I once spent an entire summer applying for more than twelve hundred jobs. I filled out applications and submitted portfolios and took assessments and did video conferences and went on interviews, and every single one of them rejected me.

But what bothered me most about the experience wasn’t feeling unwanted, but feeling farther away from my goal than when I started. That was even worse. It’s like I spent four months building negative momentum in my career. 

Until a professor friend of mine reminded me about how physics works. 

Newton’s first law. A body in motion stays in motion. A body at rest stays at rest. Therefore, action, even if you are going in the wrong direction, can still create momentum. Because you’re already in motion. And that means you can more easily change direction than if you are standing still. 

Proving, that even the actions that aren’t leading you directly to your goals will still generate energy. Taking action of any kind will make you feel better about yourself and our prospects. It doesn’t have to be heroics, rather, small practical things that come together to achieve effectiveness.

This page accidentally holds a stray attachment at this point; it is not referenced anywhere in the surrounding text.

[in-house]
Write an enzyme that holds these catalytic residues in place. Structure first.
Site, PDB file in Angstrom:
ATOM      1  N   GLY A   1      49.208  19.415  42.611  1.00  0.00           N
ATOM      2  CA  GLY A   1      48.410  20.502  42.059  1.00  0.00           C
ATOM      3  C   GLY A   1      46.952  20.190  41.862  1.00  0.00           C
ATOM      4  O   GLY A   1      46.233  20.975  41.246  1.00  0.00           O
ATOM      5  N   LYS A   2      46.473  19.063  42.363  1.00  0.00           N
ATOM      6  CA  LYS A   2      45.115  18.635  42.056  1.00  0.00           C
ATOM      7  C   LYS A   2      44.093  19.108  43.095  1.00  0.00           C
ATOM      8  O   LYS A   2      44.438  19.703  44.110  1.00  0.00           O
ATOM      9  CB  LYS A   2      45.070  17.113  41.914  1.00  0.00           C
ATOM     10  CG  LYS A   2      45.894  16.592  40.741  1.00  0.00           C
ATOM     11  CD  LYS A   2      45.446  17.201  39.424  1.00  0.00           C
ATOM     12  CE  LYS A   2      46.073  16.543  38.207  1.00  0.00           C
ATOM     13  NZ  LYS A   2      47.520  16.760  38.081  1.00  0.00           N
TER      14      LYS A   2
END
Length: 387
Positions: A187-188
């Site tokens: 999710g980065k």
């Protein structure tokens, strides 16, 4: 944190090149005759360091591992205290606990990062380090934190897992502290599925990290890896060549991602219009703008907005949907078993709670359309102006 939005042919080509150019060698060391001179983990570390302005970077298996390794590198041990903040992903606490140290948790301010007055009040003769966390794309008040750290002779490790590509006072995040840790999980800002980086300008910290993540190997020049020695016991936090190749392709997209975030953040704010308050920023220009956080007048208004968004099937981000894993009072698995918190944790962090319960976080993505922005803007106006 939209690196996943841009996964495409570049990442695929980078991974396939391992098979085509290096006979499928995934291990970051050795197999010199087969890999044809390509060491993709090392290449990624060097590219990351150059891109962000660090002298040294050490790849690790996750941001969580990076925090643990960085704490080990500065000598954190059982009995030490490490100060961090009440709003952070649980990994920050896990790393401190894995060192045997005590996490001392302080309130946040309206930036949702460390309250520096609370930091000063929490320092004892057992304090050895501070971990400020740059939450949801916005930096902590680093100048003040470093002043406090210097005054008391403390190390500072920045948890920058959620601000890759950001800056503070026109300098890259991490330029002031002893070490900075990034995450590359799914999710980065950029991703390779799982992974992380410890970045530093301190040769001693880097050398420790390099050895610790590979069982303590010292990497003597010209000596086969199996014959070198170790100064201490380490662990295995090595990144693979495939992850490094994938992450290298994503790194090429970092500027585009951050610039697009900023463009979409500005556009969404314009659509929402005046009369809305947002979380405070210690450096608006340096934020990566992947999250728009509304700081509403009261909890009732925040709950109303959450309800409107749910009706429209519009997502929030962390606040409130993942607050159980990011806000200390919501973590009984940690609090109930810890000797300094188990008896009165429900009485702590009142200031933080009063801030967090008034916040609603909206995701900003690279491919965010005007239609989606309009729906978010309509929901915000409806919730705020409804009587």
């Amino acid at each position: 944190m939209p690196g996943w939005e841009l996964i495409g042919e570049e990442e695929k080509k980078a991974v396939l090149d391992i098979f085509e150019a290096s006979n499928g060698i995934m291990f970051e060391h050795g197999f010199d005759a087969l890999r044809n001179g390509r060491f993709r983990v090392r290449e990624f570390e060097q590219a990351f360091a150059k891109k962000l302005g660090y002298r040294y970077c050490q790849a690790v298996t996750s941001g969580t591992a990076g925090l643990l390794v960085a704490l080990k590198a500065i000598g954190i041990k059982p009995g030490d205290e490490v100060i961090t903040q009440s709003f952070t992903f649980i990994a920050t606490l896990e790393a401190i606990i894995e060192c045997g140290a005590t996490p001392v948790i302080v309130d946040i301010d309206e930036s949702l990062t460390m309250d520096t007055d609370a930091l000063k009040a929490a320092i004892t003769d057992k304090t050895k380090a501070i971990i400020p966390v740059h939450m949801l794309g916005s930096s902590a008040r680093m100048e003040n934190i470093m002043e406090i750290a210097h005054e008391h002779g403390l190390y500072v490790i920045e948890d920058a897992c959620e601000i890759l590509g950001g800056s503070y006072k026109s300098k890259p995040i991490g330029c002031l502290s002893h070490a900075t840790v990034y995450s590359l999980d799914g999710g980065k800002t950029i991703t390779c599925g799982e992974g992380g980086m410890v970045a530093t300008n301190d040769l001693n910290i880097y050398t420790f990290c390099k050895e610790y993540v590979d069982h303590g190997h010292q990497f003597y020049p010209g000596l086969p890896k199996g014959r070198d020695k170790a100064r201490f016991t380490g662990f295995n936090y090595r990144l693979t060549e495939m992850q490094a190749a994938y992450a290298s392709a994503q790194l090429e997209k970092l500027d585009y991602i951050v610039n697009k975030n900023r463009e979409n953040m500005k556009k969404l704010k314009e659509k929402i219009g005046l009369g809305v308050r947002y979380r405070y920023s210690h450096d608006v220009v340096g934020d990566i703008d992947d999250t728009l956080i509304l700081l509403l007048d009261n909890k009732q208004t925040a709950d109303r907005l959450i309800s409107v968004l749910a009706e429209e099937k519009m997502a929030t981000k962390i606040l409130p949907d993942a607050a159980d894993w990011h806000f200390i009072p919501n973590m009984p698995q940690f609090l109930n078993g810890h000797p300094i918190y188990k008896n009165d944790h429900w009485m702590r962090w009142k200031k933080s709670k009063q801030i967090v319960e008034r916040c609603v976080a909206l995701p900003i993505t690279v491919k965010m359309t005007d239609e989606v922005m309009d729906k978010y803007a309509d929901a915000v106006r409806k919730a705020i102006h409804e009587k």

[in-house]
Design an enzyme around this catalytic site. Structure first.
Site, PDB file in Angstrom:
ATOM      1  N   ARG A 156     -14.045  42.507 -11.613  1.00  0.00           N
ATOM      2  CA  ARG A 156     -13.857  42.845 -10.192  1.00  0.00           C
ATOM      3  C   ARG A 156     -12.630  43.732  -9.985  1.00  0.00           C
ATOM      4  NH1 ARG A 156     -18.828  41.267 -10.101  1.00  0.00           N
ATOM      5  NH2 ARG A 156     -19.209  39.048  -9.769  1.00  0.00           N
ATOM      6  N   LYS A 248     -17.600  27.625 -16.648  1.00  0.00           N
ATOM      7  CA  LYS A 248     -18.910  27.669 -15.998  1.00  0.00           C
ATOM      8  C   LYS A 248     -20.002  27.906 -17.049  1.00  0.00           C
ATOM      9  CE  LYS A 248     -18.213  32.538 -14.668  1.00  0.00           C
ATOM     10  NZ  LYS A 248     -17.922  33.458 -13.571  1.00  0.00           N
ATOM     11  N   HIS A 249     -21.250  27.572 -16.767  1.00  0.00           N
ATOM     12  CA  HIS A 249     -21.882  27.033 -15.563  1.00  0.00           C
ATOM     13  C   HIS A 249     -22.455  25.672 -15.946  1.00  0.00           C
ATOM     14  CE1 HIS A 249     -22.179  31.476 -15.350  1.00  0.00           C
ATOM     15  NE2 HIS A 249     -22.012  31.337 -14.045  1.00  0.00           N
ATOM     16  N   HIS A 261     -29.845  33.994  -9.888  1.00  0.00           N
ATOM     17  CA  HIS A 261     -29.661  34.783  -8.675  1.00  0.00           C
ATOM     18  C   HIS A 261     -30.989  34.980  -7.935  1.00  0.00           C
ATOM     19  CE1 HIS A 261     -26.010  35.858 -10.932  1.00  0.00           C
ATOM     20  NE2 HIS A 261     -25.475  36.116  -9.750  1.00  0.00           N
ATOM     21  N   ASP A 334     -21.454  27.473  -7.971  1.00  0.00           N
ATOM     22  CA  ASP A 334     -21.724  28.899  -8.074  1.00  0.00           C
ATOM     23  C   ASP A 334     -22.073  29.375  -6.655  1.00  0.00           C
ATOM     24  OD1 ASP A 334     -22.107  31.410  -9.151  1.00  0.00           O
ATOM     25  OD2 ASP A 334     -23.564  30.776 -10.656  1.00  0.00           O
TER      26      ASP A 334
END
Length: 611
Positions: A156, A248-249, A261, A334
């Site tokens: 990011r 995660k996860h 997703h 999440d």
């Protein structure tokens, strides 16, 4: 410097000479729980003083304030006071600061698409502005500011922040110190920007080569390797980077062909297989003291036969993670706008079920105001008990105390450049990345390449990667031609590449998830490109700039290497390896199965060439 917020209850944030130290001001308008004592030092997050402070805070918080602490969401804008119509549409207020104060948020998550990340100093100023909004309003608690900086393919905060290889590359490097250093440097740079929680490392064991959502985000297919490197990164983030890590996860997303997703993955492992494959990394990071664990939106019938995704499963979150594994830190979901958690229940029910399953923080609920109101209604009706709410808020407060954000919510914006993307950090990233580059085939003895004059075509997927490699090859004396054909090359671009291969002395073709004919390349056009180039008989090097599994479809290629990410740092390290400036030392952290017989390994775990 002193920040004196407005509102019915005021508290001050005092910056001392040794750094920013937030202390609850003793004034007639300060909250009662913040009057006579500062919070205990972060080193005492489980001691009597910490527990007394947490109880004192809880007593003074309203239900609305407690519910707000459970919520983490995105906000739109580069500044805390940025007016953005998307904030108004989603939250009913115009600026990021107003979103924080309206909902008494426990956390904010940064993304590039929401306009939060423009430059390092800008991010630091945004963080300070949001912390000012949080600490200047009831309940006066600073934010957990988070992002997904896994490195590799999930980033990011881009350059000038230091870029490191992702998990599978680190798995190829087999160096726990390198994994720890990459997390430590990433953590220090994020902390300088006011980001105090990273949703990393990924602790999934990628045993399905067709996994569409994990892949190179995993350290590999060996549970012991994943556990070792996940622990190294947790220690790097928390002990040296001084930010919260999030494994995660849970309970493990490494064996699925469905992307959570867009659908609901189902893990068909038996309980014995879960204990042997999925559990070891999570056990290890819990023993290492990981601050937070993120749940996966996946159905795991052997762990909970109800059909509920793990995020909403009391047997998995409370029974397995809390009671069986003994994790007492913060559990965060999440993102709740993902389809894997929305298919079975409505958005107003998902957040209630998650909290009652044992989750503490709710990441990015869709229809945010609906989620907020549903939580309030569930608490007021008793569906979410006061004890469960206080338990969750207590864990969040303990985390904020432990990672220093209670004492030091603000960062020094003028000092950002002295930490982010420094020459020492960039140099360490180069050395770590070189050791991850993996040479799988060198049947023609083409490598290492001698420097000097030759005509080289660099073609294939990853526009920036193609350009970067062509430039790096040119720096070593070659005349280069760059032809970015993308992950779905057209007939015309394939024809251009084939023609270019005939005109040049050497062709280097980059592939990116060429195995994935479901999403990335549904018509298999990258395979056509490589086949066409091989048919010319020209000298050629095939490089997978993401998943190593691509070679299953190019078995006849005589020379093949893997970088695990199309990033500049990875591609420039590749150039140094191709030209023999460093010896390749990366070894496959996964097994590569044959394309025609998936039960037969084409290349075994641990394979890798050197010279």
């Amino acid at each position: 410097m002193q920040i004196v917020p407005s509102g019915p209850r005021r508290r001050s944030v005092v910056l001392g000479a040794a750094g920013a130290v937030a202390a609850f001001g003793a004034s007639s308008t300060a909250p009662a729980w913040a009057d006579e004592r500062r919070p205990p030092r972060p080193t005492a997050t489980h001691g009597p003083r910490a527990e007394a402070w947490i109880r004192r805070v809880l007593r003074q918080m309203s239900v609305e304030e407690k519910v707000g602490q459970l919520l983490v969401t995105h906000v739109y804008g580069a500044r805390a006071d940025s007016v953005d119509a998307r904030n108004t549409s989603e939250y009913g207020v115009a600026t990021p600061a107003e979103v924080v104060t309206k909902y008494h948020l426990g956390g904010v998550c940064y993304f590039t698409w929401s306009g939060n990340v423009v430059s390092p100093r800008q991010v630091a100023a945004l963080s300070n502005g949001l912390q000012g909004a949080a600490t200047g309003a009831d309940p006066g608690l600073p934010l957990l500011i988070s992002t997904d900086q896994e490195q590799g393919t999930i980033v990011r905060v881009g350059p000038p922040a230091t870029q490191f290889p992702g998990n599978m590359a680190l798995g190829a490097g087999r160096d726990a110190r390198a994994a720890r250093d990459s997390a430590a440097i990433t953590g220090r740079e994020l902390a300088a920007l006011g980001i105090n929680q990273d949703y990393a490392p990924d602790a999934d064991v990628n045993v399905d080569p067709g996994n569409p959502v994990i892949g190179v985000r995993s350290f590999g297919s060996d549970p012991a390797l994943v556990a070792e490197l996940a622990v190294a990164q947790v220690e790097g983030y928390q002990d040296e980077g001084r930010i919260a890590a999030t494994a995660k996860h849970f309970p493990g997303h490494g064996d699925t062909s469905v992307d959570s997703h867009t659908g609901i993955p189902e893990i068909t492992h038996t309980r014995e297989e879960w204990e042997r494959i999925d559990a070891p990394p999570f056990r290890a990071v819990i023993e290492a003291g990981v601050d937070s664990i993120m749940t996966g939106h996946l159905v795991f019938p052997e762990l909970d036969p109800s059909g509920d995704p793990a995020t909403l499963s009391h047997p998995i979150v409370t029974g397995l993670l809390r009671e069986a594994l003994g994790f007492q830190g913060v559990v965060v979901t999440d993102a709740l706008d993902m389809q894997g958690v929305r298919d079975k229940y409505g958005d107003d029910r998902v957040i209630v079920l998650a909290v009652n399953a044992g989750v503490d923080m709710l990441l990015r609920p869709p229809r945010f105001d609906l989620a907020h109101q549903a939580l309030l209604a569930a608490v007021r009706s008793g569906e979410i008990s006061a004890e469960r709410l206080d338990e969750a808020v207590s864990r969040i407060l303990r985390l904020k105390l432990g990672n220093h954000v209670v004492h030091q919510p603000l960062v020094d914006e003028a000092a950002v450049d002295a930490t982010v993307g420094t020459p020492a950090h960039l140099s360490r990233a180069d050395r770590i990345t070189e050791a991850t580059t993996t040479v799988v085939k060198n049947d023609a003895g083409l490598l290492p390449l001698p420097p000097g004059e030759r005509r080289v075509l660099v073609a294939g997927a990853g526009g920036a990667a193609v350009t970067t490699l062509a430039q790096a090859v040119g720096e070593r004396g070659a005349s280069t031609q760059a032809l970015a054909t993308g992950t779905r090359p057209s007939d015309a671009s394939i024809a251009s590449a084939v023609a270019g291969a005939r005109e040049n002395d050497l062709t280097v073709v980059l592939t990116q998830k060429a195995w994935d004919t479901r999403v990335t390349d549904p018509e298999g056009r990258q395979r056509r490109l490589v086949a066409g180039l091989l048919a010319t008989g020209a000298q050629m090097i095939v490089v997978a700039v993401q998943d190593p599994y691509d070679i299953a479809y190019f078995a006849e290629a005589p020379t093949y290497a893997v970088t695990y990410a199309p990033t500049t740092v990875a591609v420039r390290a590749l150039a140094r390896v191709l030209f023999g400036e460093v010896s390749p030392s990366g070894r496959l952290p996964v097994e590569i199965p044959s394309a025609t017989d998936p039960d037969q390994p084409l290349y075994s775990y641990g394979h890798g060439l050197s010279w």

And that energy will allow you to keep moving the story forward. 

LET ME ASK YA THIS... 
When was a time you felt that your actions spoke for the best in who you are? 
LET ME SUGGEST THIS...
For the list called, "99 Ways to Think Like an Entrepreneur, Even If You Aren't One," send an email to me, and you win the list for free!


* * * *

Scott Ginsberg
That Guy with the Nametag
Author. Speaker. Strategist. Inventor. Filmmaker. Publisher. Songwriter.  
scott@hellomynameisscott.com
www.nametagscott.com


Never the same speech twice. Customized for your audience. Impossible to walk away uninspired.

Now booking for 2016-2017.

Email to inquire about fees and availability. Watch clips of 


The Nametag Guy in action here!